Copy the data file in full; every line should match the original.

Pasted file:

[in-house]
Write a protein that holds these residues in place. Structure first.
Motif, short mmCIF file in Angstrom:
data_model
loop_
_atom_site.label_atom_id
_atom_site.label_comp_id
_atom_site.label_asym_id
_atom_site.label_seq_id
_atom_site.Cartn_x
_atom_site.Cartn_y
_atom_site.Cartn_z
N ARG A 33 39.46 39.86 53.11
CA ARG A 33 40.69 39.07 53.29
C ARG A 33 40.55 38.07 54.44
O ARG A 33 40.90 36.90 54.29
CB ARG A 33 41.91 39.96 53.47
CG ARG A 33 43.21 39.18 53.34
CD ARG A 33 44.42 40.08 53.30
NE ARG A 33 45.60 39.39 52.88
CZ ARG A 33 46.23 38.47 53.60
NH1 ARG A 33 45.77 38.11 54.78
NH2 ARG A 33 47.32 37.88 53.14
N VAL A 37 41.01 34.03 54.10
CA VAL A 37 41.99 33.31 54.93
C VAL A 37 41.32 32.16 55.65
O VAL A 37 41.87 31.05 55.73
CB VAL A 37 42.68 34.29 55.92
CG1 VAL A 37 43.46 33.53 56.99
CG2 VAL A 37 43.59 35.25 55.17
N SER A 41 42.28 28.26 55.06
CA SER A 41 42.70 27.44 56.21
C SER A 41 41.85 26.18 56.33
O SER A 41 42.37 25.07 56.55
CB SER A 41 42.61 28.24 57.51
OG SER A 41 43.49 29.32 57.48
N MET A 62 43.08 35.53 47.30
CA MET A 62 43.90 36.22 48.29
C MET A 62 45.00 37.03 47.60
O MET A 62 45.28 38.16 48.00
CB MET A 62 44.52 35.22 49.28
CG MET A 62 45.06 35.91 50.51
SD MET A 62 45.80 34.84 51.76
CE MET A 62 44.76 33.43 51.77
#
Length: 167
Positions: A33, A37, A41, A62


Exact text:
[in-house]
Write a protein that holds these residues in place. Structure first.
Motif, short mmCIF file in Angstrom:
data_model
loop_
_atom_site.label_atom_id
_atom_site.label_comp_id
_atom_site.label_asym_id
_atom_site.label_seq_id
_atom_site.Cartn_x
_atom_site.Cartn_y
_atom_site.Cartn_z
N ARG A 33 39.46 39.86 53.11
CA ARG A 33 40.69 39.07 53.29
C ARG A 33 40.55 38.07 54.44
O ARG A 33 40.90 36.90 54.29
CB ARG A 33 41.91 39.96 53.47
CG ARG A 33 43.21 39.18 53.34
CD ARG A 33 44.42 40.08 53.30
NE ARG A 33 45.60 39.39 52.88
CZ ARG A 33 46.23 38.47 53.60
NH1 ARG A 33 45.77 38.11 54.78
NH2 ARG A 33 47.32 37.88 53.14
N VAL A 37 41.01 34.03 54.10
CA VAL A 37 41.99 33.31 54.93
C VAL A 37 41.32 32.16 55.65
O VAL A 37 41.87 31.05 55.73
CB VAL A 37 42.68 34.29 55.92
CG1 VAL A 37 43.46 33.53 56.99
CG2 VAL A 37 43.59 35.25 55.17
N SER A 41 42.28 28.26 55.06
CA SER A 41 42.70 27.44 56.21
C SER A 41 41.85 26.18 56.33
O SER A 41 42.37 25.07 56.55
CB SER A 41 42.61 28.24 57.51
OG SER A 41 43.49 29.32 57.48
N MET A 62 43.08 35.53 47.30
CA MET A 62 43.90 36.22 48.29
C MET A 62 45.00 37.03 47.60
O MET A 62 45.28 38.16 48.00
CB MET A 62 44.52 35.22 49.28
CG MET A 62 45.06 35.91 50.51
SD MET A 62 45.80 34.84 51.76
CE MET A 62 44.76 33.43 51.77
#
Length: 167
Positions: A33, A37, A41, A62